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Did Greece score an own-goal with game theory?

The high-stakes negotiations between Greece and its creditors have drawn attention to "game theory" and one of its biggest fans, former finance minister Yanis Varoufakis.

Game theory is a mathematical study of decision-making and strategy in social situations and can help explain how two parties interact in decision making.


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Varoufakis, who resigned on Monday as Greek finance minister, wrote in the New York Times in February that his game-theory background convinced him that it would be "pure folly to think of the current negotiations between Greece and our partners as a bargaining game to be won or lost via bluffs and tactical subterfuge."

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Still, experts say that there are some signs that game theory has been used by Greece's negotiating team in recent weeks.

"Varoufakis is not a prominent game theorist but you can identify certain strategies that he has been implementing in the negotiations," Eyal Winter, a professor of economics at the University of Leicester told CNBC on Tuesday.

He said the decision to call a referendum in which Greek voters overwhelmingly rejected the bailout terms offered by the country's creditors, is one example of this.

"The referendum and the support of the government's position by the Greek people enables Greece to come back to the group (of creditors) and say you have to give us something more credible than before because the Greek people have now spoken," he said.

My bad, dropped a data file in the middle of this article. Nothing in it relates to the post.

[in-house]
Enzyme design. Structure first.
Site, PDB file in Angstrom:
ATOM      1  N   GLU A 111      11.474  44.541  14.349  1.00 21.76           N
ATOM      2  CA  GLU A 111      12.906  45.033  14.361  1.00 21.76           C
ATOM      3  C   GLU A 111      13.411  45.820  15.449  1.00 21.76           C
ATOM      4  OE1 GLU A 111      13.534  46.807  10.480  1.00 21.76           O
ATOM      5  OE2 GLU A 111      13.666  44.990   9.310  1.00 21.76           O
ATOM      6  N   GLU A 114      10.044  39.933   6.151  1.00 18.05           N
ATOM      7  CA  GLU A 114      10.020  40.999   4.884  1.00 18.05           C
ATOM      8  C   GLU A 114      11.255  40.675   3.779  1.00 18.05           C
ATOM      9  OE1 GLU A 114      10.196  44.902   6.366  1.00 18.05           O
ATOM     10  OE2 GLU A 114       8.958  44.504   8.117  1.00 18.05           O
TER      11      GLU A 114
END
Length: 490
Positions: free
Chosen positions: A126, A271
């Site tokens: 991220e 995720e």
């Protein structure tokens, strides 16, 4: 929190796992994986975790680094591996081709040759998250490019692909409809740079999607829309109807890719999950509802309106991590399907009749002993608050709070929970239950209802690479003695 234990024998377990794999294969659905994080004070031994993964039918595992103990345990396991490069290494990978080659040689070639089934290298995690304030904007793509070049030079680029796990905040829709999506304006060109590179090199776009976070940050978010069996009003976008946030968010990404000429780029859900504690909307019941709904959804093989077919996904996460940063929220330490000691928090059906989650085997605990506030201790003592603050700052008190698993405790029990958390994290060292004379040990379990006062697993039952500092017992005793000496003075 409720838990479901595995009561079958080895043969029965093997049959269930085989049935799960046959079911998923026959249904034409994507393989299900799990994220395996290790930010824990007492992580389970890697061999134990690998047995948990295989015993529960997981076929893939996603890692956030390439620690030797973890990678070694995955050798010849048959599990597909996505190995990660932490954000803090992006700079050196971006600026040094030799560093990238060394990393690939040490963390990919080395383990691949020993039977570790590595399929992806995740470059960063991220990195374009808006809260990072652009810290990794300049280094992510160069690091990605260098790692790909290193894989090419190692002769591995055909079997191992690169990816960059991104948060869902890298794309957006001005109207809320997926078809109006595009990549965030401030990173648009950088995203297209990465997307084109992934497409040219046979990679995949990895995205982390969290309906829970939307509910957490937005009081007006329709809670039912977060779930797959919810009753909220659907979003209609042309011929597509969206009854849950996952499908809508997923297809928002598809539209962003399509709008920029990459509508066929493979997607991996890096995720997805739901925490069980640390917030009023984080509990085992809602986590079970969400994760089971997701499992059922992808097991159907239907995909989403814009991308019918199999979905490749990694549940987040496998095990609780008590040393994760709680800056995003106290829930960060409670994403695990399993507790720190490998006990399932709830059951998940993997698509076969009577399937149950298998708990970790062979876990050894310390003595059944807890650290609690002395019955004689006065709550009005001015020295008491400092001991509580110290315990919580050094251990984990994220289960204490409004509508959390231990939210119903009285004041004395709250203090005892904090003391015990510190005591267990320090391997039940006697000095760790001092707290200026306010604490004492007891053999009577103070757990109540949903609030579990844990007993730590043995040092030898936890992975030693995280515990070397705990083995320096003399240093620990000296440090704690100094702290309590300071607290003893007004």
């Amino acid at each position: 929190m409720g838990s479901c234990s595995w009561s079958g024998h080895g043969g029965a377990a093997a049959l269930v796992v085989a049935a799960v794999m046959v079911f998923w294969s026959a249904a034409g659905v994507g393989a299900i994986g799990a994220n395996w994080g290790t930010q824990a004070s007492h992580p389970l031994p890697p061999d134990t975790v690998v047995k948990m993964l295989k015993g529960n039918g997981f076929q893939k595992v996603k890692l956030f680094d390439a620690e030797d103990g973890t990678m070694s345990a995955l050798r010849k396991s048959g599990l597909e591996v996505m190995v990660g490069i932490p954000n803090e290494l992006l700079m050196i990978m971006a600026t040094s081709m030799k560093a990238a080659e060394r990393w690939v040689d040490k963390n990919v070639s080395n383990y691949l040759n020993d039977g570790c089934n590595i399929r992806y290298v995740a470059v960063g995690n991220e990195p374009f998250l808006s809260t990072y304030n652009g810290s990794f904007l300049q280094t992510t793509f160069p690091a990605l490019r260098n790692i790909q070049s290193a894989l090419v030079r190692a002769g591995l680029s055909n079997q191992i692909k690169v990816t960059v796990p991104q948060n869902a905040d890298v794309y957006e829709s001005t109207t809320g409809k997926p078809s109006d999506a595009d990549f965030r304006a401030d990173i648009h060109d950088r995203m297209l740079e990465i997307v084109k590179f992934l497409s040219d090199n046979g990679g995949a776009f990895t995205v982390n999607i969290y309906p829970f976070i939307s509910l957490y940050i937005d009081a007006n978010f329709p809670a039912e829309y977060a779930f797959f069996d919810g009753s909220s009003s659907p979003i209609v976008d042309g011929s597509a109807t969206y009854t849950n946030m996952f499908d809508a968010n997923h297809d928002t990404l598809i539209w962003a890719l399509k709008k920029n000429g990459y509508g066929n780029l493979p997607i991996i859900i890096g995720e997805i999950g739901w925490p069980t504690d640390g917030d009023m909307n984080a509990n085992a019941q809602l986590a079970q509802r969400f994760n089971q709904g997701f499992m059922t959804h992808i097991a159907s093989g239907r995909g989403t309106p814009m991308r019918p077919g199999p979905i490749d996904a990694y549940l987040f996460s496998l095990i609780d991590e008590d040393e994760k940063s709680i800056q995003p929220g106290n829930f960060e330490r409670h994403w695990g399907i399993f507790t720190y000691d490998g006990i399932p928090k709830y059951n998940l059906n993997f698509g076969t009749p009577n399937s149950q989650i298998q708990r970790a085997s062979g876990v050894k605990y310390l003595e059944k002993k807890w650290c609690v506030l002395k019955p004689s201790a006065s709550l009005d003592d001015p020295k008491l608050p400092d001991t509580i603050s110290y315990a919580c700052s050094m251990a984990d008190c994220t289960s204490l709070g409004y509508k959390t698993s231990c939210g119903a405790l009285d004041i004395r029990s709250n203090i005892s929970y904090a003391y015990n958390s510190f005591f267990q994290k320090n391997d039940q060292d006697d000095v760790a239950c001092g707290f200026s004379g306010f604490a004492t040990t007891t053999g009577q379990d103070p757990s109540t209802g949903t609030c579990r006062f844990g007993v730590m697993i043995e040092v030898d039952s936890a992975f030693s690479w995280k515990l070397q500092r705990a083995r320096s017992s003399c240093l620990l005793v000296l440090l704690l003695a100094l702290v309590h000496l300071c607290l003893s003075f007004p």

More to lose

The resignation of the outspoken Varoufakis, an admirer of game theorist John F Nash whose life was documented in the 2001 film "A Beautiful Mind," could be seen as a deliberate move to strengthen the hand of Greek negotiators in the debt talks, some analysts said.

"This (resignation) gives a clear and loud message to creditors that come to the table and we have a new team of negotiators who will work with you to resolve the issue," Naeem Aslam, chief market analyst at AvaTrade, said in a note on Monday. "This is another perfectly executed move by the game theory specialist-the ex-finance minister."

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According to Winter, just as the Greeks pushed for a referendum, the European creditors could have made a public statement to give them the upper hand in the debt talks.

"These (game theory) strategies can be used by both sides and if one party is using them, it is important for the other party to use it as well," he said. "The Europeans, for instance, could have sent a public message by saying we cannot afford to accept these demands from Greece. Overall the Greeks played much more smartly with much more courage than the Europeans and this is potentially because they have more to lose."

At what price?

While the outcome of the referendum may have strengthened Greece's hand in the short-term, the negotiating style may come at a price in the long-term, other analysts said.

"What seems to be transpiring now is that there is not much that can be given by the European countries without running the danger of hurting their own mandate," Antonio Cabrales, a professor with an expertise in game theory and experimental economics at University College London, told CNBC.

An emergency euro zone summit will be held on Tuesday to resolve the Greek crisis. Proposals that Greece will present do not differ significantly from plans that Greeks rejected in Sunday's referendum, German newspaper Suddeutsche Zeitung reported on Tuesday.

"If there is a deal at all, it would be a similar deal to what was on the table at the start of last week and the outcome would be similar except there's a loss of trust. In the short term, faces may have been saved – especially those of the Greek government, but the long-term consequences are serious and it may potentially be more difficult to reach a deal in the future," Cabrales said.